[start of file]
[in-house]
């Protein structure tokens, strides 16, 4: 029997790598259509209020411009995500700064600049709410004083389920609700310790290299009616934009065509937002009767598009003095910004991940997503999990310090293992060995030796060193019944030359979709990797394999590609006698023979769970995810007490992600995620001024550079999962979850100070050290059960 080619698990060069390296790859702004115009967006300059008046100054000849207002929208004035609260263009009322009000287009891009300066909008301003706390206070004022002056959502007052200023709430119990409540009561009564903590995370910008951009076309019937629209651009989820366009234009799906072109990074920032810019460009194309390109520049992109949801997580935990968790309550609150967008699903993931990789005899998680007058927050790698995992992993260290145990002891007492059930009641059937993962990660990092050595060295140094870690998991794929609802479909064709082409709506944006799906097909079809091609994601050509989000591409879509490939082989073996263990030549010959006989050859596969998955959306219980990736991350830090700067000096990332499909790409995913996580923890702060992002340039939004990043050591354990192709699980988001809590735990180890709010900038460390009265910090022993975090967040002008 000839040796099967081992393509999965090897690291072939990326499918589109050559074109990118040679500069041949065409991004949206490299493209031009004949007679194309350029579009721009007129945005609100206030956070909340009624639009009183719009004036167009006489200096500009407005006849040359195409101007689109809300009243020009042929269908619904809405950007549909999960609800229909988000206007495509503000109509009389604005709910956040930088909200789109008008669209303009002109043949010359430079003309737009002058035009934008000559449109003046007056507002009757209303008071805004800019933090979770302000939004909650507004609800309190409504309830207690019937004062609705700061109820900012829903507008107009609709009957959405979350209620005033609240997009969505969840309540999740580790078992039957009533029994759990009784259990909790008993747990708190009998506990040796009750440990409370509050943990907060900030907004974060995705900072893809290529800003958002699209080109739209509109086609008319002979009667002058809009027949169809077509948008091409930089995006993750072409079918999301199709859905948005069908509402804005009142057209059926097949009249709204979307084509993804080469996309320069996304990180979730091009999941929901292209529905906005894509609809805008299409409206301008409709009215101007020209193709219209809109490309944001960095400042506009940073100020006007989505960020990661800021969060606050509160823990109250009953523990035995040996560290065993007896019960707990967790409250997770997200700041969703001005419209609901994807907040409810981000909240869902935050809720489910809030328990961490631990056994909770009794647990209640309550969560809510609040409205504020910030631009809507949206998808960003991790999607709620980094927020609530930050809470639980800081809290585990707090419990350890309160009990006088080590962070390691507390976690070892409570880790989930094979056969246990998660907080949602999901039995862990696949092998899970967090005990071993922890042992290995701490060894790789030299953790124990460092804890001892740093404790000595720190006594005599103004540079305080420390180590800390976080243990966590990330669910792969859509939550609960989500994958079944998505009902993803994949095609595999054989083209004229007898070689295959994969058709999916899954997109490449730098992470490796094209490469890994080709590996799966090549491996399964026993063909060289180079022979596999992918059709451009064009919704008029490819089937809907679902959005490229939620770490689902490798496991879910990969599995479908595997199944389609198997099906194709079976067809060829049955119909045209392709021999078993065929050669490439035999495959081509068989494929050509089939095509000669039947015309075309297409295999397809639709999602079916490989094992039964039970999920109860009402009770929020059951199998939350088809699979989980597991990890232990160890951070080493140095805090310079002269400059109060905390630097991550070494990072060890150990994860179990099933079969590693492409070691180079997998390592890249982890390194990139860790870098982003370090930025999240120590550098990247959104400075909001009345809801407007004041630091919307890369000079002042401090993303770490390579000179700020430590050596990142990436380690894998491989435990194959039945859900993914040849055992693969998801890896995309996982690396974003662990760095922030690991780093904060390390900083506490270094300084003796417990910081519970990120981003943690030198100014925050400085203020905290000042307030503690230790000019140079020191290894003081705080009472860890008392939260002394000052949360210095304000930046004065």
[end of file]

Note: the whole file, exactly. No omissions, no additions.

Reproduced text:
[in-house]
């Protein structure tokens, strides 16, 4: 029997790598259509209020411009995500700064600049709410004083389920609700310790290299009616934009065509937002009767598009003095910004991940997503999990310090293992060995030796060193019944030359979709990797394999590609006698023979769970995810007490992600995620001024550079999962979850100070050290059960 080619698990060069390296790859702004115009967006300059008046100054000849207002929208004035609260263009009322009000287009891009300066909008301003706390206070004022002056959502007052200023709430119990409540009561009564903590995370910008951009076309019937629209651009989820366009234009799906072109990074920032810019460009194309390109520049992109949801997580935990968790309550609150967008699903993931990789005899998680007058927050790698995992992993260290145990002891007492059930009641059937993962990660990092050595060295140094870690998991794929609802479909064709082409709506944006799906097909079809091609994601050509989000591409879509490939082989073996263990030549010959006989050859596969998955959306219980990736991350830090700067000096990332499909790409995913996580923890702060992002340039939004990043050591354990192709699980988001809590735990180890709010900038460390009265910090022993975090967040002008 000839040796099967081992393509999965090897690291072939990326499918589109050559074109990118040679500069041949065409991004949206490299493209031009004949007679194309350029579009721009007129945005609100206030956070909340009624639009009183719009004036167009006489200096500009407005006849040359195409101007689109809300009243020009042929269908619904809405950007549909999960609800229909988000206007495509503000109509009389604005709910956040930088909200789109008008669209303009002109043949010359430079003309737009002058035009934008000559449109003046007056507002009757209303008071805004800019933090979770302000939004909650507004609800309190409504309830207690019937004062609705700061109820900012829903507008107009609709009957959405979350209620005033609240997009969505969840309540999740580790078992039957009533029994759990009784259990909790008993747990708190009998506990040796009750440990409370509050943990907060900030907004974060995705900072893809290529800003958002699209080109739209509109086609008319002979009667002058809009027949169809077509948008091409930089995006993750072409079918999301199709859905948005069908509402804005009142057209059926097949009249709204979307084509993804080469996309320069996304990180979730091009999941929901292209529905906005894509609809805008299409409206301008409709009215101007020209193709219209809109490309944001960095400042506009940073100020006007989505960020990661800021969060606050509160823990109250009953523990035995040996560290065993007896019960707990967790409250997770997200700041969703001005419209609901994807907040409810981000909240869902935050809720489910809030328990961490631990056994909770009794647990209640309550969560809510609040409205504020910030631009809507949206998808960003991790999607709620980094927020609530930050809470639980800081809290585990707090419990350890309160009990006088080590962070390691507390976690070892409570880790989930094979056969246990998660907080949602999901039995862990696949092998899970967090005990071993922890042992290995701490060894790789030299953790124990460092804890001892740093404790000595720190006594005599103004540079305080420390180590800390976080243990966590990330669910792969859509939550609960989500994958079944998505009902993803994949095609595999054989083209004229007898070689295959994969058709999916899954997109490449730098992470490796094209490469890994080709590996799966090549491996399964026993063909060289180079022979596999992918059709451009064009919704008029490819089937809907679902959005490229939620770490689902490798496991879910990969599995479908595997199944389609198997099906194709079976067809060829049955119909045209392709021999078993065929050669490439035999495959081509068989494929050509089939095509000669039947015309075309297409295999397809639709999602079916490989094992039964039970999920109860009402009770929020059951199998939350088809699979989980597991990890232990160890951070080493140095805090310079002269400059109060905390630097991550070494990072060890150990994860179990099933079969590693492409070691180079997998390592890249982890390194990139860790870098982003370090930025999240120590550098990247959104400075909001009345809801407007004041630091919307890369000079002042401090993303770490390579000179700020430590050596990142990436380690894998491989435990194959039945859900993914040849055992693969998801890896995309996982690396974003662990760095922030690991780093904060390390900083506490270094300084003796417990910081519970990120981003943690030198100014925050400085203020905290000042307030503690230790000019140079020191290894003081705080009472860890008392939260002394000052949360210095304000930046004065």